Lobster Hatcheries – Sow Before We Reap
January 27, 2016
Todd Fisheries Technology is committed to helping create Sustainable Fisheries.
Our mission is to have hatcheries all around the UK coast helping to guarantee the future of the commercial shellfish fisheries.
A female lobster lays eggs or berries under her tail. She can have between 4,000 to 40,000 eggs depending on her size. The larger the lobster, the more eggs she can carry. Perhaps more importantly, the larger the lobster, the larger each egg is and this gives the hatched larvae a higher chance for survival. These eggs take about 9 months to hatch (depending on sea temperatures) and turn from black to purpley red to green.
When they hatch, the larvae float around in the plankton and catch their food. They are most vulnerable at this stage as they cannot escape predators and can be easily damaged. To grow they moult their shell and after three moults (about 2 – 4 weeks) they settle out on the sea floor. At stage four they face another challenge because as well as other predators they become canabalistic and will eat one another. They need to find shelter and food to enable them to grow to an adult lobster. They can be caught once they reach 87mm carapace length (measured from behind the eye to the base of the start of the tail). Only 0.01% of eggs survive to adulthood. This is a very poor return to the fishery.
I’m sure it will surprise most readers who are not fishermen to know that it is not illegal to catch or sell a berried female. Most of the fishermen we work with however know this would be daft and always return them to ensure a fishery for tomorrow. Although we are focussing on hatcheries in this blog we are also advocates for other improvements relating to the shellfishery, e.g V-notching etc., but more about that another day.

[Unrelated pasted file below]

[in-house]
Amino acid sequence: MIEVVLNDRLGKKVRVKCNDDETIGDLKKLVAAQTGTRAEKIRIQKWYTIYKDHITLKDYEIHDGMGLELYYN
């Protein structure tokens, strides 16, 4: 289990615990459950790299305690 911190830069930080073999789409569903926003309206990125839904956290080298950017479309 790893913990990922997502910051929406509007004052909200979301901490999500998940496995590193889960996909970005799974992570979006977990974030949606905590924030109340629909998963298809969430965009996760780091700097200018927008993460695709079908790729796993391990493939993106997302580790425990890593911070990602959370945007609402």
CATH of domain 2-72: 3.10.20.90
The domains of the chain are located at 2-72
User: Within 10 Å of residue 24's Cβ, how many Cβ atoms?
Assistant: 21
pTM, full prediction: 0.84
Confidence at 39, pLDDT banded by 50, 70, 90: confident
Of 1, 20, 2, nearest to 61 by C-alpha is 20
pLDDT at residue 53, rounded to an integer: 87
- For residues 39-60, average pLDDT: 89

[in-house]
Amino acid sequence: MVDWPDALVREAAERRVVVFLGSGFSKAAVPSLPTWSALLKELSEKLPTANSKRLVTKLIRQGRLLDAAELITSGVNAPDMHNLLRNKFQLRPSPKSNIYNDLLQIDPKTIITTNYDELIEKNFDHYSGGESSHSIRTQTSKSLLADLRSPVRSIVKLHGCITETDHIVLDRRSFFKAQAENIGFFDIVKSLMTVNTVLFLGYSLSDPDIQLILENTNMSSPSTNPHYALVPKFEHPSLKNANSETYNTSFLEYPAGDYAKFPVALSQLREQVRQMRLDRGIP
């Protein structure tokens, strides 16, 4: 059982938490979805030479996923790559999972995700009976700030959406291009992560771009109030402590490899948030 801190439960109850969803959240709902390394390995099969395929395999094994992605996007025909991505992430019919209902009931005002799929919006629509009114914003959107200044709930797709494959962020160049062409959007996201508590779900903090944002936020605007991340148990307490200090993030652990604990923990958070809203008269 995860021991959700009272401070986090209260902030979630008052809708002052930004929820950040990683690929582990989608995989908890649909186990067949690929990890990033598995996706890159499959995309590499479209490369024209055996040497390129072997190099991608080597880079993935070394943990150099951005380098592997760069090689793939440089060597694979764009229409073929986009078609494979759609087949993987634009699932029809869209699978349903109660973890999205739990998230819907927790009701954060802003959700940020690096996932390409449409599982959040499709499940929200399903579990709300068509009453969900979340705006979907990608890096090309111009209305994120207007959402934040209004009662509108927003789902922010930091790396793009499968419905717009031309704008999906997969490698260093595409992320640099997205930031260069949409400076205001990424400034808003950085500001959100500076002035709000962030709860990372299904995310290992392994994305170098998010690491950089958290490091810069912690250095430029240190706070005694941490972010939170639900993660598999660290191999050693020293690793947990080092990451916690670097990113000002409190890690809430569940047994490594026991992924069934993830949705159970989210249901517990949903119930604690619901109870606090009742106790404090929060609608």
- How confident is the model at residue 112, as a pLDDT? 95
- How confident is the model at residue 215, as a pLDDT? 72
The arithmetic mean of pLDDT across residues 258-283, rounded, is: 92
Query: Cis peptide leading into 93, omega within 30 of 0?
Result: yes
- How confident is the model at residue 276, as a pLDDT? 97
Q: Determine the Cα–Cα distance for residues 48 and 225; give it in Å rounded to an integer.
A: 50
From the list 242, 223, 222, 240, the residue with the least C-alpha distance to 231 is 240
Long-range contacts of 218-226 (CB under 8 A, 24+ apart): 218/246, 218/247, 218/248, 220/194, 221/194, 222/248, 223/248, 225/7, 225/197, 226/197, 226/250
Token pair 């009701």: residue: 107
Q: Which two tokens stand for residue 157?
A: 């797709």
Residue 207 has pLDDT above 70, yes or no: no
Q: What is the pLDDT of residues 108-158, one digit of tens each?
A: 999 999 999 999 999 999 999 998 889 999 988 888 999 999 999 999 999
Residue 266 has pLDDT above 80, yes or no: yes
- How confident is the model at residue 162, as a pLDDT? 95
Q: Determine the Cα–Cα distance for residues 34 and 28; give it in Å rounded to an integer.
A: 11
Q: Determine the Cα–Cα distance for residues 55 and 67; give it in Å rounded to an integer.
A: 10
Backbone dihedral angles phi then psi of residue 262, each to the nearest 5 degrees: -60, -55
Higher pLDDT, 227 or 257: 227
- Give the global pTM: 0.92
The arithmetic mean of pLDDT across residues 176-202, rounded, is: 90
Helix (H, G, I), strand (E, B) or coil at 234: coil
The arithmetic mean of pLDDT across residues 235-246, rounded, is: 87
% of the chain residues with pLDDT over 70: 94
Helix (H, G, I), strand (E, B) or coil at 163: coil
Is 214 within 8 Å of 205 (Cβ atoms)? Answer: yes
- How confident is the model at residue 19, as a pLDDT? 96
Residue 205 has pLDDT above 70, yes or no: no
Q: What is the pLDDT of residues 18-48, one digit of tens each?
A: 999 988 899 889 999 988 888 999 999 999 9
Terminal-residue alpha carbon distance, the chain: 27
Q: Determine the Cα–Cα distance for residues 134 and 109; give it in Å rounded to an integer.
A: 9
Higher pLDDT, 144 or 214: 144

A Lobster Hatchery works by bringing the berried females into a land based aquatic recirculation system and raising the juveniles to between stage 4 and 7 before releasing them back to the fishery. This ensures a much larger return to the fishery with on average an 80% survival to this stage and an 11% return to the fishery (much more than the 0.01% in the wild). The tanks are designed to optimise each stage of growth and development and the diets are managed to ensure they are healthy, strong and environmentally fit.
A traditional hatchery could cost over £1,000,000 capital costs and return up to 24,000 juvenile lobsters per year. We are proud to have developed new technology which can be purchased for between £50-120,000 depending on the size of hatchery and raise hundreds of thousands of juveniles. More about our technology and ideas for multi-species hatcheries in future Blogs.